uLesson Raises $7.5 Million 

uLesson, a Nigerian-based education platform, raised $7.5 million in a series A round led by Owl Ventures. Founded by entrepreneur, Sim Shagaya in 2019, uLesson is trying to bridge educational gaps for K-7 to K-12 students across Africa by delivering affordable, high-quality, and accessible education using technology.
Frontline Education Acquires Forecast5 Analytics  

Frontline Education, the school administration software provider, acquired Forecast5 Analytics. Forecast5 provides decision support software like financial forecasting, benchmarking, student performance reporting and other analytics for K-12 school administrators. Riverwood Capital was the majority owner of Forecast5 Analytics and Thoma Bravo is the majority owner of Frontline Education.
Penn Foster Acquired by BayPine & Two Sigma

Penn Foster, the workforce development company formerly controlled by Bain Capital’s Double Impact Fund, received a significant investment from BayPine and Two Sigma Impact. The new investors will partner with Penn Foster to bring new capabilities in data science and advanced technology to help the company continue to offer practical, affordable solutions to its students. Penn Foster delivers skill-based training for more than 300,000 working learners each year.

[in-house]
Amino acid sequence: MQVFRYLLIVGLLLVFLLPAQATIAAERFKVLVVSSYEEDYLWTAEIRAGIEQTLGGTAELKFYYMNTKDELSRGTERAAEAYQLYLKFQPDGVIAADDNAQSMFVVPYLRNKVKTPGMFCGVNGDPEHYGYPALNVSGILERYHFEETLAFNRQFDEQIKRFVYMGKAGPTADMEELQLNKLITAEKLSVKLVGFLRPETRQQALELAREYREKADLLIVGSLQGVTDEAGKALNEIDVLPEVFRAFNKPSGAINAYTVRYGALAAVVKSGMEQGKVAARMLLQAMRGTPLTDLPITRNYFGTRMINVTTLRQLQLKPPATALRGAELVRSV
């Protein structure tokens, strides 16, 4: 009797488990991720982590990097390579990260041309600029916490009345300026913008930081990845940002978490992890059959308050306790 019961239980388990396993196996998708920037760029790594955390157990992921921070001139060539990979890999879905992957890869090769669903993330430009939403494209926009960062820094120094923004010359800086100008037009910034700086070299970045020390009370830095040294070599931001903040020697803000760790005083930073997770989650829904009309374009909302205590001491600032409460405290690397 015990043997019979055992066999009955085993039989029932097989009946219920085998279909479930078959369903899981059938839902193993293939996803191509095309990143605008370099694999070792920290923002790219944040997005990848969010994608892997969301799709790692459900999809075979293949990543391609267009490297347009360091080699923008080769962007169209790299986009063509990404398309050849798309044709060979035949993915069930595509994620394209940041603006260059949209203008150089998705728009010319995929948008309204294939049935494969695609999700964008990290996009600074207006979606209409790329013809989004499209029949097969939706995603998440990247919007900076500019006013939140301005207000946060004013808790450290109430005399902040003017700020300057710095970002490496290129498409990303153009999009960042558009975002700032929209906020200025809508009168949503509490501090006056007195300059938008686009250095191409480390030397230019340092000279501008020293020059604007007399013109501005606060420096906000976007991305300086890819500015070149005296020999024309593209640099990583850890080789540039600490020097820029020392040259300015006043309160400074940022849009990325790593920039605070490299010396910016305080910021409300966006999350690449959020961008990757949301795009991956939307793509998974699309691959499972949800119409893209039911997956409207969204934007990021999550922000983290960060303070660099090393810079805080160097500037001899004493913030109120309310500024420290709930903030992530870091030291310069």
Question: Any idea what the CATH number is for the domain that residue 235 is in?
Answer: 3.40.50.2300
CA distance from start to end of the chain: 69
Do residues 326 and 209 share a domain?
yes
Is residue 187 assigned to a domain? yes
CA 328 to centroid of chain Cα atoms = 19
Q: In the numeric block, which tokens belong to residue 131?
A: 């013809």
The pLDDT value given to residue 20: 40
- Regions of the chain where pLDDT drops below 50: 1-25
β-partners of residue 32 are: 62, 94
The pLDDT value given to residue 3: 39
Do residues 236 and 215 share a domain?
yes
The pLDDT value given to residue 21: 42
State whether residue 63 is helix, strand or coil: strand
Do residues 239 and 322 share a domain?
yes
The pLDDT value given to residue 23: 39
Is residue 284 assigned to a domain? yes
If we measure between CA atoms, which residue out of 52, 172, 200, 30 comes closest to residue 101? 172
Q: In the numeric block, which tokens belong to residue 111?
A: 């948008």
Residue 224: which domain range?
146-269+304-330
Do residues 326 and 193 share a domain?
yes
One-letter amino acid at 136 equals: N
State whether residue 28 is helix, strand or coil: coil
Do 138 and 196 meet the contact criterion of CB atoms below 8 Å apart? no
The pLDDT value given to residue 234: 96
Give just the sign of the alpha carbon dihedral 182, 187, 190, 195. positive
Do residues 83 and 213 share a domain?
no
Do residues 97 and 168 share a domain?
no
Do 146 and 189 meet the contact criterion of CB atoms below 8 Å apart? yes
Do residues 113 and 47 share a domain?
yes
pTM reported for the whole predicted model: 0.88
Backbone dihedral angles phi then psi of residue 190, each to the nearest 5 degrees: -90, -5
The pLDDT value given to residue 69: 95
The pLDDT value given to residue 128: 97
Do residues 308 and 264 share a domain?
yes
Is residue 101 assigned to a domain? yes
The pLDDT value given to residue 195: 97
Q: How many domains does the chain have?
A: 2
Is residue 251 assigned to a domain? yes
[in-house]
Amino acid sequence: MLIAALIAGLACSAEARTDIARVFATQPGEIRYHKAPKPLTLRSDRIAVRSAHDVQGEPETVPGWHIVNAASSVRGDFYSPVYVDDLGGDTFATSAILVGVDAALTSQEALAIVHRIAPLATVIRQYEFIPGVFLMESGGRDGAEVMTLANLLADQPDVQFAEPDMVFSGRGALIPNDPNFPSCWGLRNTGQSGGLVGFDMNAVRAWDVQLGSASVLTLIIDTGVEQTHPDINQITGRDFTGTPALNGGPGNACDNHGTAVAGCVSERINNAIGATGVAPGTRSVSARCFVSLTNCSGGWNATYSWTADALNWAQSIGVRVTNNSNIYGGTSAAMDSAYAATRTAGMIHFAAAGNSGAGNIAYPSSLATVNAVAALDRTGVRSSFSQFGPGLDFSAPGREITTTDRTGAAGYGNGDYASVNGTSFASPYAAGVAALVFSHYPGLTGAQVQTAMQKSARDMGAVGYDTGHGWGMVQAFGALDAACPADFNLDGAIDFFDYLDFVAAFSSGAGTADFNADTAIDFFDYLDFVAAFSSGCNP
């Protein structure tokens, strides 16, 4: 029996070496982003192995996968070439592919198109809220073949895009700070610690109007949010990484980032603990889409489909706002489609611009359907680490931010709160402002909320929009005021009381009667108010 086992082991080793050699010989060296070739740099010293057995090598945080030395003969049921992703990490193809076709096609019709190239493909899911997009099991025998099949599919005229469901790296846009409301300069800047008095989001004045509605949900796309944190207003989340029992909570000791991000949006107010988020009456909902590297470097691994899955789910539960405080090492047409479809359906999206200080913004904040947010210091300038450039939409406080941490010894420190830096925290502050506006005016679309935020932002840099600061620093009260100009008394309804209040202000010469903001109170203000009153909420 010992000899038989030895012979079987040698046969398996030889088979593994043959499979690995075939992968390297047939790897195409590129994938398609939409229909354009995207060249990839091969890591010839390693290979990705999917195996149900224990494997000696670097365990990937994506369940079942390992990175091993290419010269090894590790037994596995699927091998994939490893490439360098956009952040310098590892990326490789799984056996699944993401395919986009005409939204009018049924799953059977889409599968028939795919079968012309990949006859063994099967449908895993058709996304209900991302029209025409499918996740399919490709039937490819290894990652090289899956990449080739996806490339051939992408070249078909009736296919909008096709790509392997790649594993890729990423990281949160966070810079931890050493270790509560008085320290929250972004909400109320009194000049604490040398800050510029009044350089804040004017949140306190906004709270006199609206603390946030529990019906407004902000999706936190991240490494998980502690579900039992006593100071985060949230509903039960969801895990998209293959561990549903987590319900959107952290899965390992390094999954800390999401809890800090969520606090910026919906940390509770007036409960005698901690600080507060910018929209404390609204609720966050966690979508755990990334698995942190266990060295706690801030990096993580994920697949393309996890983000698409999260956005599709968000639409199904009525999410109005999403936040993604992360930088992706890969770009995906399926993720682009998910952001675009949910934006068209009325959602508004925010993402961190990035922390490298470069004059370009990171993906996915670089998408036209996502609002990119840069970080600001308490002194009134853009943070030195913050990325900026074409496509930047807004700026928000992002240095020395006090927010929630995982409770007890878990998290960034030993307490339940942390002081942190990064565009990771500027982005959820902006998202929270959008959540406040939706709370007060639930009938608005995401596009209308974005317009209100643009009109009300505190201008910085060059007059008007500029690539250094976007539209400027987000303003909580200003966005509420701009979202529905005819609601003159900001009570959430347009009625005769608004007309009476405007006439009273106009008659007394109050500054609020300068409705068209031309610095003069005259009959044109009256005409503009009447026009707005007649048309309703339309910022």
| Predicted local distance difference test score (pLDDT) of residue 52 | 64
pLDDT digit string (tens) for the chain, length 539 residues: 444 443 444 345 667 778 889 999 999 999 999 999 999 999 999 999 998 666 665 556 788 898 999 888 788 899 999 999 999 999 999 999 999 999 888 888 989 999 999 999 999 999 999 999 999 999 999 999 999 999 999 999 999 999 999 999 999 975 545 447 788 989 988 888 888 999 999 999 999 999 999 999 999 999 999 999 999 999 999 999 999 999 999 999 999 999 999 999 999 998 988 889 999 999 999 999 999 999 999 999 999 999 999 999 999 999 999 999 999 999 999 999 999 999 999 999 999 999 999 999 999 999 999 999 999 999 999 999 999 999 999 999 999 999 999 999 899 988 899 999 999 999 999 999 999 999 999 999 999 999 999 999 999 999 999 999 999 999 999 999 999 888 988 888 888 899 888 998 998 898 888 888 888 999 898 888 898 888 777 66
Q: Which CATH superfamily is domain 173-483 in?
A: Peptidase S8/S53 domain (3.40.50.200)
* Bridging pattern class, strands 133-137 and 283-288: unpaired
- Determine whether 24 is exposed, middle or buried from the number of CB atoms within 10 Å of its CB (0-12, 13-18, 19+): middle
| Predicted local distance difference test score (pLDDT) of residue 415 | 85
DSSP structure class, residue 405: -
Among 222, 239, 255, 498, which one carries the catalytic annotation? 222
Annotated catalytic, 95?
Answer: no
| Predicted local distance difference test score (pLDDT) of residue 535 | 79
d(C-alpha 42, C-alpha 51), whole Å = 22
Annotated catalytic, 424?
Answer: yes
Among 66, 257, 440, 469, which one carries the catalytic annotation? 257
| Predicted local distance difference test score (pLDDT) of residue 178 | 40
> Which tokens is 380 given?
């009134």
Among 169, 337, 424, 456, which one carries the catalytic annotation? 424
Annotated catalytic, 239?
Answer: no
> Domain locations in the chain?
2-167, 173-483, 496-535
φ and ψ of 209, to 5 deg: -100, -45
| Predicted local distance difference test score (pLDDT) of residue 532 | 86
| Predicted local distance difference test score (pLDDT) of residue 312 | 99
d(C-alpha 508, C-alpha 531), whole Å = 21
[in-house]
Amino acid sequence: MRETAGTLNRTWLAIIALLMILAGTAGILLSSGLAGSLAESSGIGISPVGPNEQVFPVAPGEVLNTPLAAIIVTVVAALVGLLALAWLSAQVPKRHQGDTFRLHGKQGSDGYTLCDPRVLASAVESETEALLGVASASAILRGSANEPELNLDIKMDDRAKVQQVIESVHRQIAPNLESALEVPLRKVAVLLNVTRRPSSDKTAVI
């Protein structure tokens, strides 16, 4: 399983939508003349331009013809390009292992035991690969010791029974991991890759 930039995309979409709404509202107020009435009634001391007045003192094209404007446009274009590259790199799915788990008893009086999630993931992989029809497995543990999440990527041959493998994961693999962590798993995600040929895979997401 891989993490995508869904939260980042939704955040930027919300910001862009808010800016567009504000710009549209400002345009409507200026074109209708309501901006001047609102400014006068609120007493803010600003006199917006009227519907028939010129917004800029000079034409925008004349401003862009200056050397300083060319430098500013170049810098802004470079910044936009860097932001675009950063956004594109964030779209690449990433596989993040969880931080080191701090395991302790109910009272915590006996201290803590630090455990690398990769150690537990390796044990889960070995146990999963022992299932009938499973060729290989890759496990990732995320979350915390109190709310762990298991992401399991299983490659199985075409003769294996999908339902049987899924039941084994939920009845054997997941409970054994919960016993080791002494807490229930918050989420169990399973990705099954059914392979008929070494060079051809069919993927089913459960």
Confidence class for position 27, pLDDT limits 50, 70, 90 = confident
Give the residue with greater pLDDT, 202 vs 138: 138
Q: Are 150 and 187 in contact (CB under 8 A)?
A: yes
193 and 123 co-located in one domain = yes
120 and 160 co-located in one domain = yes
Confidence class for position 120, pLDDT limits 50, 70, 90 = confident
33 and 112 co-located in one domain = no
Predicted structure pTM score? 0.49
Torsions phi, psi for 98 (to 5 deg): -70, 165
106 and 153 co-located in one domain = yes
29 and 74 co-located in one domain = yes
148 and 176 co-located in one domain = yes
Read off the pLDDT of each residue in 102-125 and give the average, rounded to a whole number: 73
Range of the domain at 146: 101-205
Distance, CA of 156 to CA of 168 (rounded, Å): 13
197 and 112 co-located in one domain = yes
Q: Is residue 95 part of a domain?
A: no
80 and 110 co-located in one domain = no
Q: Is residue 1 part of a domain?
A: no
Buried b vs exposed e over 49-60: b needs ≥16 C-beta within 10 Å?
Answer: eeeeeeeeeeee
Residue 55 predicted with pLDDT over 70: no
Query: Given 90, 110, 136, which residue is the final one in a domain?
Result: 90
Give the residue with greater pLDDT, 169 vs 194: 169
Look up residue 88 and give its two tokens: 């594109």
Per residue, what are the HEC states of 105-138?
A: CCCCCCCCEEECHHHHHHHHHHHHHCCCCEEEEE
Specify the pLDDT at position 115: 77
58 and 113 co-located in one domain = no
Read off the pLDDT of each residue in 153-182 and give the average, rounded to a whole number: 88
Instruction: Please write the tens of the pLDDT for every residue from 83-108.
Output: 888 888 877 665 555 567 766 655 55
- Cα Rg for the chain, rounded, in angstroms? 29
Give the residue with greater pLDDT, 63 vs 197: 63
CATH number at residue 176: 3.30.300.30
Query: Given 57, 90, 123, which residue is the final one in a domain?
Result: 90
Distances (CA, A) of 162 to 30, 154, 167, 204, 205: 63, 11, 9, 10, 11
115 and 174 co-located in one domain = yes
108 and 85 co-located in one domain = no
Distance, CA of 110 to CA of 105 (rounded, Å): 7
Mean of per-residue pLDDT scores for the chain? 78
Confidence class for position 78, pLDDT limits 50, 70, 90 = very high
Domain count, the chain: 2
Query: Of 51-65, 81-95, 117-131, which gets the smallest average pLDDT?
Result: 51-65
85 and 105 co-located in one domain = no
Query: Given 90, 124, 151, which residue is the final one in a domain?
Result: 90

Zuoyebang Raises $1.6 Billion 

Zuoyebang, China’s massive consumer facing online education platform, raised another $1.6 billion in a series E+ round from notable investors including Alibaba, Tiger Global, Softbank, Sequoia and more. The raise comes only 6 months after its $750 million series E raise. Zuoyebang has the largest user base in China's online after school education market with more than 50 million daily active users and 800 million user-registered devices in total.
Nerdy Goes Public Through SPAC